July 16th, 1945: “It worked.” – OppenheimerPosted: July 16, 2014
Sixty-nine years ago today, the first atomic bomb was detonated at the White Sands Proving Ground, in Socorro County, New Mexico.
That was long before I was born, of course, but my entire childhood was lived in the shadow of that day. I was a tag-along baby, born to my mother when she was 40. My youngest sister was 14 when I was born in 1967. The middle one was born in 1950. The eldest was born in 1945 — she was about two months old when the Trinity test happened.
(Yes, that’s the same sister I recently wrote about. She is recovering beautifully after an emergency surgery to remove a bleeding brain tumor that no one knew was there.)
Because of my position in the family, my world was clouded by more nuclear awareness than the worlds of most of my age-mates. My uncle served in the Pacific Theater during WWII. He was a big fan of atomic warfare. My mother seems to have avoided much real political awareness and thus never commented on her feelings about the atom bomb, other than to say she was glad it ended the war. My sisters, on the other hand, actually remember doing duck and cover drills in school, and they mentioned it often as I was growing up. (Apparently that sort of shit will scar you.) The oldest was 17 in 1962, during the Cuban Missile Crisis.
To further intensify my fear of impending nuclear doom, I came of age in the 80s – a time of elevated tensions in the Cold War. I was 16 in September 1983 when a Soviet Su-15 interceptor shot down Korean Air Flight 007, which was en route from New York City to Seoul. Just a month later, NATO, including the US, conducted nuclear war games despite the thick tension between the US and the Soviet Union. The Soviets believed the simulation, called Able Archer, might be a smokescreen for an actual first-strike attack.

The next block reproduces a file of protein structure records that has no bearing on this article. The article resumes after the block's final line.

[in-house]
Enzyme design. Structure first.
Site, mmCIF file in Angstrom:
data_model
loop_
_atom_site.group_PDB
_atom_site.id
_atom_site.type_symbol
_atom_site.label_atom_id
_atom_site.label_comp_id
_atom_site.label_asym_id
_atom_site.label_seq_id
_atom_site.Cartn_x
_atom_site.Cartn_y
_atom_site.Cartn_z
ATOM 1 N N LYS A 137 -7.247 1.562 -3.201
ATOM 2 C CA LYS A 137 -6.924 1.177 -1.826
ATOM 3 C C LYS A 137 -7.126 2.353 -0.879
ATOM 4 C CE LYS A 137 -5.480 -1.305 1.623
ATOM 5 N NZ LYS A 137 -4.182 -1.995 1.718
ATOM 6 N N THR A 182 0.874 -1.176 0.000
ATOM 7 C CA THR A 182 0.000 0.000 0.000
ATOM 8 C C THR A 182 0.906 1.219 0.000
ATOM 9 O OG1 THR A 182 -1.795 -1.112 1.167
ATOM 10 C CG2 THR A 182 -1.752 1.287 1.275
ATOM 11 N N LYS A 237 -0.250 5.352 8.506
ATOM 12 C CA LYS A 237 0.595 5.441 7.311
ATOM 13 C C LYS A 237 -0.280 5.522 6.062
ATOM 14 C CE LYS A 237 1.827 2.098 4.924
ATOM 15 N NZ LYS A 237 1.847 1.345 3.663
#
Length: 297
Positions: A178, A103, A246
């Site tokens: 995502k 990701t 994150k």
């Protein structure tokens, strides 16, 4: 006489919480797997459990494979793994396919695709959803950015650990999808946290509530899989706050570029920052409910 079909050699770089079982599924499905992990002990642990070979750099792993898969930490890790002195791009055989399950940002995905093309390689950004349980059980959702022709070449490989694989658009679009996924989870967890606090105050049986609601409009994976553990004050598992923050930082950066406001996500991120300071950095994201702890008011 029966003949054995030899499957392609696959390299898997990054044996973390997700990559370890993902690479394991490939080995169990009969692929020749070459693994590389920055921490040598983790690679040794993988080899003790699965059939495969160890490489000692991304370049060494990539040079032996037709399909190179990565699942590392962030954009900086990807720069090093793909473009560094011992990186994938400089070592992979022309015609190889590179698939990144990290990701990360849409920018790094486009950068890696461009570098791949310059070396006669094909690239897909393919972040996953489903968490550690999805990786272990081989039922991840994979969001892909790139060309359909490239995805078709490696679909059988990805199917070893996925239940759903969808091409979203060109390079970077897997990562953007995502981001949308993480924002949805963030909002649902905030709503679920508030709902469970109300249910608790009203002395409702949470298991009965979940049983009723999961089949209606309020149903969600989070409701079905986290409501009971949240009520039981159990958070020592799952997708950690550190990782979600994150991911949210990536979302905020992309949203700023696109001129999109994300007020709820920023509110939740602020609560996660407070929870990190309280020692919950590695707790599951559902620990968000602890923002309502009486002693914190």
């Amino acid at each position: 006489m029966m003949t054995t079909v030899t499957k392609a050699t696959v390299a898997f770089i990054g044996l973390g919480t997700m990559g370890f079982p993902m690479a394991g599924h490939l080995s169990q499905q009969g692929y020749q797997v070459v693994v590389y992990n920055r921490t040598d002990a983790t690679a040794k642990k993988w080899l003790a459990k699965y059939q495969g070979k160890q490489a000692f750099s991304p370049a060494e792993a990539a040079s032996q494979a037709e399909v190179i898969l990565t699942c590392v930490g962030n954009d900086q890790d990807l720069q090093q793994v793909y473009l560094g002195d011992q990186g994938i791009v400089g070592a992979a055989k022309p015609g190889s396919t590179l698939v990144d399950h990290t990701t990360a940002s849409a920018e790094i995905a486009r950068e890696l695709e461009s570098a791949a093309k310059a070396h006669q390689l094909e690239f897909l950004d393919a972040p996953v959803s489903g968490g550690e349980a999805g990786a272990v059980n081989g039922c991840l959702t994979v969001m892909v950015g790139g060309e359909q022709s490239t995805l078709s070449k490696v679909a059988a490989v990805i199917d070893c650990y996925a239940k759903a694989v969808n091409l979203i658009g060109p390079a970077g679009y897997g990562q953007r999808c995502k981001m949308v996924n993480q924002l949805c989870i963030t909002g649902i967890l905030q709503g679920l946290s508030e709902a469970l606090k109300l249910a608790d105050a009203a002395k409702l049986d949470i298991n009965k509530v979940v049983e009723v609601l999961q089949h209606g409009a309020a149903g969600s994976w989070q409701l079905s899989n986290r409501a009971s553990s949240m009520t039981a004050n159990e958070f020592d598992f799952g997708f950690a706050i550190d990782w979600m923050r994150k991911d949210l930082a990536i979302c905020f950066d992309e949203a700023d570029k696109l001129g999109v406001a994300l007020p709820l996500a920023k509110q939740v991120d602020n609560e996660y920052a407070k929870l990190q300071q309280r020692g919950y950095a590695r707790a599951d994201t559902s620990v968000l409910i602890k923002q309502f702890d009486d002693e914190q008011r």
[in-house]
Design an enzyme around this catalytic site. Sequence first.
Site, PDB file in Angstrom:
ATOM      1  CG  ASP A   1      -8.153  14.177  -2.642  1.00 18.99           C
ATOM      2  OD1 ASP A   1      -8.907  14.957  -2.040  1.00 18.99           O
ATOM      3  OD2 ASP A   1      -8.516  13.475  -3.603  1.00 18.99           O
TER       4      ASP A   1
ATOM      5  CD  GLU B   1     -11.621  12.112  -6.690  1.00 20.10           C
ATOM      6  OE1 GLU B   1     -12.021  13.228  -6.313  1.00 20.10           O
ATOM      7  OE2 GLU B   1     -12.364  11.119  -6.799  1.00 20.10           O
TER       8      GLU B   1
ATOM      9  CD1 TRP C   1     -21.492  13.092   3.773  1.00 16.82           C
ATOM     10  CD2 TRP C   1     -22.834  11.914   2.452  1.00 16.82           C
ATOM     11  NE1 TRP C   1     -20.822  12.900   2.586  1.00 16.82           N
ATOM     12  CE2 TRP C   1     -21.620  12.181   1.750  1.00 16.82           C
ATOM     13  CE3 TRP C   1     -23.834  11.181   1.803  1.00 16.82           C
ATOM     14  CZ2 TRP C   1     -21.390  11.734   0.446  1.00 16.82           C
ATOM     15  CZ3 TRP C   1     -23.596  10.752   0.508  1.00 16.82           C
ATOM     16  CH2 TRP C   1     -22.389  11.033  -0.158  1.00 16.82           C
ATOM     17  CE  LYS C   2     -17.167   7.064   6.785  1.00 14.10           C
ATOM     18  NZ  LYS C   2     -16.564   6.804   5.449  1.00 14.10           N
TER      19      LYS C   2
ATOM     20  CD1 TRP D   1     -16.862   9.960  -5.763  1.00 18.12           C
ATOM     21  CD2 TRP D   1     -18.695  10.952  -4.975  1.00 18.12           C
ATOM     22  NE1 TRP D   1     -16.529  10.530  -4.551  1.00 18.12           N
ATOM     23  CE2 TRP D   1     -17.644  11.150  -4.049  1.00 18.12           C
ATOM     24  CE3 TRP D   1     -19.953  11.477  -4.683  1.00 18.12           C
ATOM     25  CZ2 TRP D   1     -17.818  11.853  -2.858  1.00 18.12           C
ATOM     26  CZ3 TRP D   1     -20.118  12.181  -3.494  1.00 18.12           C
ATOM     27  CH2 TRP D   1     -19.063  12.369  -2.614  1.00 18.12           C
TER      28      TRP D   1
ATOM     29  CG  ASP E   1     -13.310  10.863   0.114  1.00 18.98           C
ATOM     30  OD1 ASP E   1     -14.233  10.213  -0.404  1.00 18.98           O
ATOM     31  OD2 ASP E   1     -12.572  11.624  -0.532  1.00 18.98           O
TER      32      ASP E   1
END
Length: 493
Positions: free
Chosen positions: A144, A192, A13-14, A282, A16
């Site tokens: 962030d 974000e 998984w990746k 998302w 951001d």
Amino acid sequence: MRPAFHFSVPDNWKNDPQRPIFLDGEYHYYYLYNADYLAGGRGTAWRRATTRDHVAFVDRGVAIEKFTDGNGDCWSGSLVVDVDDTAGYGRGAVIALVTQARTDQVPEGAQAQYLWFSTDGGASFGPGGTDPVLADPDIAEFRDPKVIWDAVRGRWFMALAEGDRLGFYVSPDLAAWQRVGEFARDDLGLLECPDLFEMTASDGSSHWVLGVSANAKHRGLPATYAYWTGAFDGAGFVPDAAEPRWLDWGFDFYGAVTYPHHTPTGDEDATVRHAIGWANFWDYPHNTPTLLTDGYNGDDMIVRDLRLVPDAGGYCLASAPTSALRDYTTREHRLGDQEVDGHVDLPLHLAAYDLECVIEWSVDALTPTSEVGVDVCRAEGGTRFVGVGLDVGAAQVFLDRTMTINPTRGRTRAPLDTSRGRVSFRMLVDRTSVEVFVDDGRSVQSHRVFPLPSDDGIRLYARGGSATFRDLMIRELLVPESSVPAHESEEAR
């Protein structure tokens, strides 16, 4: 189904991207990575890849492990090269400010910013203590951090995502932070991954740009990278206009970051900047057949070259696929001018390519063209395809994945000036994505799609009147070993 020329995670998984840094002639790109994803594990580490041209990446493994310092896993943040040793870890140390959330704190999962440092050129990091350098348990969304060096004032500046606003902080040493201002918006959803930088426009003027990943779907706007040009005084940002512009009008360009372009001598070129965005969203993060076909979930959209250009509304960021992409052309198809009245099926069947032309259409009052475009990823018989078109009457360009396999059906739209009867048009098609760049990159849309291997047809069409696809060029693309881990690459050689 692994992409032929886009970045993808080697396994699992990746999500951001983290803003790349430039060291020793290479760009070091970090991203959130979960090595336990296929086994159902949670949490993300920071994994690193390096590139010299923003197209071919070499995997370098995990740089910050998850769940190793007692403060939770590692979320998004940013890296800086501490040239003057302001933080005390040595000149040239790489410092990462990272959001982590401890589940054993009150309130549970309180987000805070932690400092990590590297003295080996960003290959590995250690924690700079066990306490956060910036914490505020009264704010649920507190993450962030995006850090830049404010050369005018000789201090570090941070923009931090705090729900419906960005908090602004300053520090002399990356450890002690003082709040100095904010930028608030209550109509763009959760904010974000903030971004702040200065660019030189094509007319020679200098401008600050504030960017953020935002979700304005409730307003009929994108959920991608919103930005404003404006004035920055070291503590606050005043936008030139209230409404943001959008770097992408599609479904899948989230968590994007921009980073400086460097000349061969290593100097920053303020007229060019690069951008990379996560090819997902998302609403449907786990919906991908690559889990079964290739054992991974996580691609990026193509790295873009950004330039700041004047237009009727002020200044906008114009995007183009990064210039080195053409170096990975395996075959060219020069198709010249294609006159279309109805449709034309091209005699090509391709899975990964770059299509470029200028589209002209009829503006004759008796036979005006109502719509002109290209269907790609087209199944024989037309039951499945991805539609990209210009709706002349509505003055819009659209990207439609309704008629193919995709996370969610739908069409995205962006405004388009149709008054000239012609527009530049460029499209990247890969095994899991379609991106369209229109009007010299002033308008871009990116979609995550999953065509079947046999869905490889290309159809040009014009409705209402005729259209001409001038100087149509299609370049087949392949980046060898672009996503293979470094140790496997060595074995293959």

Now, in hindsight, many historians assert that November, 1983 was the closest we’ve been to full-scale nuclear war since the Cuban Missile Crisis.
Thank God I didn’t know how close we were to total annihilation at the time.
Not that my paranoia wasn’t already full-blown, thanks to some of the films of the 80s like:
- The Road Warrior (1981)
- War Games (1983)
- The Day After (1983)
- Red Dawn (1984)
- Threads (1984)
- When the Wind Blows (1986)
By the time the Berlin Wall fell in 1989, I was permanently scarred.
Nowadays, I keep close track of which nations have nuclear capabilities. I worry about the antics of Putin and Kim Jung-un. I continue to have nightmares about nuclear winter. And I still notice the anniversaries of nuclear events. I’ve always figured I’m fairly well-schooled on all things atomic, but I did not know that this memorial existed until today. Now I’m trying to figure out if I want to visit there someday or if I never want to go near it.
What about you?
In an interview in 1965, Oppenheimer was persuaded to reveal the thought that entered his mind after seeing the explosion.
We knew the world would not be the same. A few people laughed, a few people cried. Most people were silent. I remembered the line from the Hindu scripture, the Bhagavad Gita; Vishnu is trying to persuade the Prince that he should do his duty and, to impress him, takes on his multi-armed form and says, ‘Now I am become Death, the destroyer of worlds.’ I suppose we all thought that, one way or another.
According to his brother, at the time Oppenheimer simply exclaimed, “It worked.”